LONDON (Reuters) - Conservative leader David Cameron ordered his front bench on Tuesday to disclose details of how they spend their allowances and which relatives they employ, in a bid to dispel an air of sleaze surrounding parliament.
The move comes after Cameron ousted Tory MP Derek Conway from the parliamentary party last week following the disclosure he used taxpayers’ money to pay a son for work he apparently never did.
Cameron said he hoped other Tories would follow the lead on expenses that will be set by the 96 members of his front bench.
The Tory front bench in July will have to publish details of expenses incurred between April and June and expenses will then be published annually in July, Cameron said.
“The public do have a greater right to know about the use of expenses and allowances,” he told a news conference. “Every member of parliament has to ask themselves: is this something I am happy to defend to my constituents, to the press?”
Cameron will ask his front bench team to complete a form that explains how they spend their allowances, including how much they pay family members, within a salary band, and how much they claim for housing and utilities on second homes.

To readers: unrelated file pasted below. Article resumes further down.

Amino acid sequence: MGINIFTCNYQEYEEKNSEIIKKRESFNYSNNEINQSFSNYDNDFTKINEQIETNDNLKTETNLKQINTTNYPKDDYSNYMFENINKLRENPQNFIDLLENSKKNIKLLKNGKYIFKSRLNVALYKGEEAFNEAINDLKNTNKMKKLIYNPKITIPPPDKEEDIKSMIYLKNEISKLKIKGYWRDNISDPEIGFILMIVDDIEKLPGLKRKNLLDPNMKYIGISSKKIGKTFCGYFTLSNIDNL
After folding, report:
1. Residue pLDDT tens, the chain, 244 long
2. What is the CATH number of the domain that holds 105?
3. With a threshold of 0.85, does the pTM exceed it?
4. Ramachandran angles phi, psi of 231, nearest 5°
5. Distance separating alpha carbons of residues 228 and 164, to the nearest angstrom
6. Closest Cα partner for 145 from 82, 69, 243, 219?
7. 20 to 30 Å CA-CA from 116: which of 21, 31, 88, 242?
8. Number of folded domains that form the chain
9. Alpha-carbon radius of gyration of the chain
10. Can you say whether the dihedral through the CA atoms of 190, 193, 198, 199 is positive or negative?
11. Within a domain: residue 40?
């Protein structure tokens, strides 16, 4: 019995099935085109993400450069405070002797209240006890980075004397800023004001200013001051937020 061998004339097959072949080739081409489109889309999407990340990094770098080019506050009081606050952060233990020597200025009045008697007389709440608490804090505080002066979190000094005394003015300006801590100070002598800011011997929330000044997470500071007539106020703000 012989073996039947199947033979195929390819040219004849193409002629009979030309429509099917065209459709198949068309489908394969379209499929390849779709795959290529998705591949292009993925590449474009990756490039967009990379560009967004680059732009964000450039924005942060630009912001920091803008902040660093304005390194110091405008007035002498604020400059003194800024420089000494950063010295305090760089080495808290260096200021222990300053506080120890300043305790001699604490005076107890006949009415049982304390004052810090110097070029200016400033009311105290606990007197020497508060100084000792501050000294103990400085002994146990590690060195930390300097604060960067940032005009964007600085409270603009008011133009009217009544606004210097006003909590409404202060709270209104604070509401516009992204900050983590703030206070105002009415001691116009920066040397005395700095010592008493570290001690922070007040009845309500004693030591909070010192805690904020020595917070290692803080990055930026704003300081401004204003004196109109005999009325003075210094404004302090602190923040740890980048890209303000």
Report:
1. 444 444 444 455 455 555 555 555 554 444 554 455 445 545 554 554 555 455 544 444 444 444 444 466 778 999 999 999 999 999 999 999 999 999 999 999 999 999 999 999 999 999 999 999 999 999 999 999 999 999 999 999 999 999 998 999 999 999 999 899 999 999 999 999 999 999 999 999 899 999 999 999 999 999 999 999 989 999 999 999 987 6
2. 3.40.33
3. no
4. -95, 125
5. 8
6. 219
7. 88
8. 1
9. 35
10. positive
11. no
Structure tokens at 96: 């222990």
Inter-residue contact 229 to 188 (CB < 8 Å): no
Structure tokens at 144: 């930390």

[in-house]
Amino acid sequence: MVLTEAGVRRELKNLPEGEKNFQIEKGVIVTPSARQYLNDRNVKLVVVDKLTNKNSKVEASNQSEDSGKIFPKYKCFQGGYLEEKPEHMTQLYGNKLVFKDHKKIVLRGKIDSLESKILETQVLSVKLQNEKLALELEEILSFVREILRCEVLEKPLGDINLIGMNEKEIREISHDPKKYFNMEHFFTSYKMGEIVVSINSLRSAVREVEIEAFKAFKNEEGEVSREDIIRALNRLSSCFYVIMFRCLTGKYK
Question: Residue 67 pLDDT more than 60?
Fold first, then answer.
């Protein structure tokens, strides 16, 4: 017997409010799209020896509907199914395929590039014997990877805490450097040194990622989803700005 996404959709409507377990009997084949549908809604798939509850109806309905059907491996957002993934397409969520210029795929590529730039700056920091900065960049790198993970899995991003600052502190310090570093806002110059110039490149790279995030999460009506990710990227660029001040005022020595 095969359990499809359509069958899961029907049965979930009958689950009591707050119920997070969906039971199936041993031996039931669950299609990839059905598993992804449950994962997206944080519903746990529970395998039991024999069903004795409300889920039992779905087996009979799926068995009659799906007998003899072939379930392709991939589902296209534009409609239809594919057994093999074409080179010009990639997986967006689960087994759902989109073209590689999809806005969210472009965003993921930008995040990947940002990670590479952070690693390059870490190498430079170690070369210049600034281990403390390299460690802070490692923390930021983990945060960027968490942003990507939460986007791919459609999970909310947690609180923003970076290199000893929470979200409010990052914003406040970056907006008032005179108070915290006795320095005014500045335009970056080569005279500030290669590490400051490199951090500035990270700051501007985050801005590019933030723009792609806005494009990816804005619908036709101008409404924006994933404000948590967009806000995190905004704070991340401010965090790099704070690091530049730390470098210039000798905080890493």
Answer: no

Cameron said the measures would be in addition to any other changes announced by the House of Commons after the speaker ordered a root and branch review of MPs’ expenses and donations. The review is expected to report in the Autumn.
Gordon Brown’s spokesman said on Tuesday the prime minister supports the review and believes it is the right way forward: “He believes that there must be greater transparency all round in future, including in relation to MPs’ expenses.”
Cameron’s move comes as an opinion poll found that the allegation of sleaze is linked more closely to Brown and Labour than the Conservatives, despite the political storm stirred up by the Conway affair.
The Populus poll showed the opposition had strengthened its lead over the government — with the Tories popularity rising three points to 40 percent, while Labour was down two points to 31 percent.
It found that in the public’s mind Labour was more closely linked with sleaze allegations than the Tories, although it did find that sleaze was linked to both parties.
In another setback for Brown and Chancellor Alistair Darling, the poll also found Cameron and his shadow chancellor George Osborne had stronger ratings for economic competence.
Reporting by Katherine Baldwin and Andrew Hough; Editing by Stephen Addison